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Physicists Confirmed The Registration Of The Solar Neutrino CNO-Cycle For The First Time

Physicists Confirmed The Registration Of The Solar Neutrino CNO-Cycle For The First Time

Analysis of the Borexino detector data for the first time allowed physicists to confirm the detection of neutrinos that are formed inside the Sun during the CNO cycle. The registration of these particles is experimental evidence of nuclear reactions of this type in the bowels of stars, and further research will clarify the chemical composition of the Sun. The results were reported by scientists at the virtual conference "Neutrino 2020", their publication in a peer-reviewed journal is currently absent.

The CNO cycle is a set of nuclear reactions in which hydrogen is converted to helium with the participation of carbon (C), nitrogen (N), and oxygen (O). Scientists believe that this cycle is one of the main processes of thermonuclear fusion for massive main-sequence stars, but it also occurs in the bowels of lighter stars — including inside the Sun.

Since it is not possible to observe the interior of a star directly, physicists obtain information about thermonuclear processes using indirect measurements. The data source here are neutrinos — extremely light (rest energy is estimated at less than 0.12 electron volts) elementary particles, which, in particular, become products of CNO-cycle reactions. The peculiarity of neutrinos is that they interact very weakly with matter.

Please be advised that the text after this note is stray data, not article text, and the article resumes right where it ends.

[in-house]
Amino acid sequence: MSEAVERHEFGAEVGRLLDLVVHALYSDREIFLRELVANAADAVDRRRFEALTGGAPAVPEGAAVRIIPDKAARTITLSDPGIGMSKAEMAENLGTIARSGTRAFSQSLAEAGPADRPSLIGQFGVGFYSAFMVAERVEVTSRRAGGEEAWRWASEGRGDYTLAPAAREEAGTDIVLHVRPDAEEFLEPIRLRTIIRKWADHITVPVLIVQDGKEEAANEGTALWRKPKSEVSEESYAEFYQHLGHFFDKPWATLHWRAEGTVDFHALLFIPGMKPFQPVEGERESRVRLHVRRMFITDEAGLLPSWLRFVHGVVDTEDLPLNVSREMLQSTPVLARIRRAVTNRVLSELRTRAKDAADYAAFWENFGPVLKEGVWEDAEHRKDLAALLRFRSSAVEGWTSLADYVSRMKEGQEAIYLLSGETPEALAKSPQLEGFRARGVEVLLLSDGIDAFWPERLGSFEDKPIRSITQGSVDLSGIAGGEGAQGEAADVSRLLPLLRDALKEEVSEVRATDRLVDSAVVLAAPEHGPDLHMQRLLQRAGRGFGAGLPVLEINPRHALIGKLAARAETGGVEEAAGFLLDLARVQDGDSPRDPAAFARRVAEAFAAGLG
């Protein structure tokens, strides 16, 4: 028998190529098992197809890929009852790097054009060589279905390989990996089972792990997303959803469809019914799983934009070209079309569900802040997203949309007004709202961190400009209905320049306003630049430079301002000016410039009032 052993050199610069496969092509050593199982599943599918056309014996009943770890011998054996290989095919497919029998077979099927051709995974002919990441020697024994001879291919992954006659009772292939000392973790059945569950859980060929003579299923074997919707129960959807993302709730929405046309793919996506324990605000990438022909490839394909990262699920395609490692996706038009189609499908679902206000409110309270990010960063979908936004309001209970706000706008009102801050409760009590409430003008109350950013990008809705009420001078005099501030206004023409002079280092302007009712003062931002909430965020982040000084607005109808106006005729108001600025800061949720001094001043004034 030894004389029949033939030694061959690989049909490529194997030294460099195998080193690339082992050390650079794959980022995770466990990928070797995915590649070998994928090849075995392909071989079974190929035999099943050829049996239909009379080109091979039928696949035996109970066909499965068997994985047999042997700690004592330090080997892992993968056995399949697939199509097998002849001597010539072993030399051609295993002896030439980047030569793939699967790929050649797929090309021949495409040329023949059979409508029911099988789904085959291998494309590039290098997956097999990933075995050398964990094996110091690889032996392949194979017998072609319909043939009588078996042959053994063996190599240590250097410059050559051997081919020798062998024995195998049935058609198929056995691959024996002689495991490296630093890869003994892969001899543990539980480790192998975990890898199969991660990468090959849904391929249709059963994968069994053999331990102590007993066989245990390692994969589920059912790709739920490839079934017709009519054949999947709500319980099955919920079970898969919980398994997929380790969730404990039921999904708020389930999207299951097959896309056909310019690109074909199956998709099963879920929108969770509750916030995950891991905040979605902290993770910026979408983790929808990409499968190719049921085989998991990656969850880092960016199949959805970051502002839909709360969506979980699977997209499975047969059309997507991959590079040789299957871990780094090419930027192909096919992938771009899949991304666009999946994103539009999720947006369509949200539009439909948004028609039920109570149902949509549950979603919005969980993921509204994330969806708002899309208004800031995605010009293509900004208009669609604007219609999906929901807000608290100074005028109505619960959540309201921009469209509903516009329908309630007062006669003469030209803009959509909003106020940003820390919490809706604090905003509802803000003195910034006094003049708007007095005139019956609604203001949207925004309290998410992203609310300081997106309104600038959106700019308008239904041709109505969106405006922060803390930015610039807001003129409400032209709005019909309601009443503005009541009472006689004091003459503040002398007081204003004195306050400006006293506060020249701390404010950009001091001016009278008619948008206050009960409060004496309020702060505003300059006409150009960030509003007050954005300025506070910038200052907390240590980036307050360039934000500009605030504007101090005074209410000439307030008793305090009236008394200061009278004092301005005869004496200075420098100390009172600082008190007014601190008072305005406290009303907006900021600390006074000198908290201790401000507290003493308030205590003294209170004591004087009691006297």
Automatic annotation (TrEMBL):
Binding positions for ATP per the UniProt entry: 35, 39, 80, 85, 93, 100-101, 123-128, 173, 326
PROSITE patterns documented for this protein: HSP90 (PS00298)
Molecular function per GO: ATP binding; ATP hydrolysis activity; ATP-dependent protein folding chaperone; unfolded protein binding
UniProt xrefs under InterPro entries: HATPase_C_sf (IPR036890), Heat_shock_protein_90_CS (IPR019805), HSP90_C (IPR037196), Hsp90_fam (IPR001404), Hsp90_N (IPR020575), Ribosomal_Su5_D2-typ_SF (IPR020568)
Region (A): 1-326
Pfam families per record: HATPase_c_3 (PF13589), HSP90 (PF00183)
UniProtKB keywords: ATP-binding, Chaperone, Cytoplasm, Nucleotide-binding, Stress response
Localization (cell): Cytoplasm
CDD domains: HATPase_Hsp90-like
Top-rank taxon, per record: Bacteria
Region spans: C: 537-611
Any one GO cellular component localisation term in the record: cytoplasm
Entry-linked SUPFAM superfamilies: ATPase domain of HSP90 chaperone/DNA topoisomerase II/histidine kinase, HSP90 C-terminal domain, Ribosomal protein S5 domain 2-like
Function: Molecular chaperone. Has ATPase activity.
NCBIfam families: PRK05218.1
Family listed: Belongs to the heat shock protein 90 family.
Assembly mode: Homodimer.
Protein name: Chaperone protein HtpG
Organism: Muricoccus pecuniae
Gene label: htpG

On the one hand, this simplifies the work of scientists — particles emitted in the bowels of the Sun almost freely reach the observer and at the same time almost do not lose energy — it is estimated that tens of billions of neutrinos per second pass through every square centimeter near The earth's surface (hundreds of millions of them are born in the CNO cycle). On the other hand, the registration of particles becomes much more complicated — only a small part of the colossal number of neutrinos interacts with matter. To detect a sufficient number of events, you need to build massive detectors, carefully isolate them from noise, and continue the experiment for up to several years.

Participants in the Borexino project, led by Gioacchino Ranucci from the National Institute of nuclear physics in Italy, processed neutrino detector data between July 2016 and February 2020. The installation is equipped with several layers of protection, each of which filters out background particles of cosmic radiation and terrestrial radioactivity. In the Central part of the detector is a ball of 280 tons of liquid scintillator in a nylon shell, which is surrounded by 2200 photoelectronic multipliers (FEU).

When neutrinos are scattered on the scintillator's electrons, radiation is generated, which is detected by the FEU and converted into an output signal — its amplitude can be used to determine the energy of the detected particle. The device allows you to register about a hundred events every day, but the difficulty is that the detector captures neutrinos from all possible processes at once-from the proton-proton cycle, which is the basis of thermonuclear reactions in the Sun, to radioactive decays in the earth's interior. In order to isolate the CNO-cycle neutrino in the energy distribution of events, it is necessary to use theoretical models and calculate the contributions of background reactions to the total particle flow with high accuracy.

By performing these calculations and using them to process long-term detector statistics, physicists were able to reliably confirm the registration of the CNO-cycle neutrino for the first time. According to the authors, the statistical significance of the hypothesis reached the level of 5σ. Thus, scientists have obtained the first reliable experimental evidence of thermonuclear reactions of this type in the bowels of a star. Future research will use this data to Refine the carbon, nitrogen, and oxygen content of the Sun and probably provide more information about the physics of stars.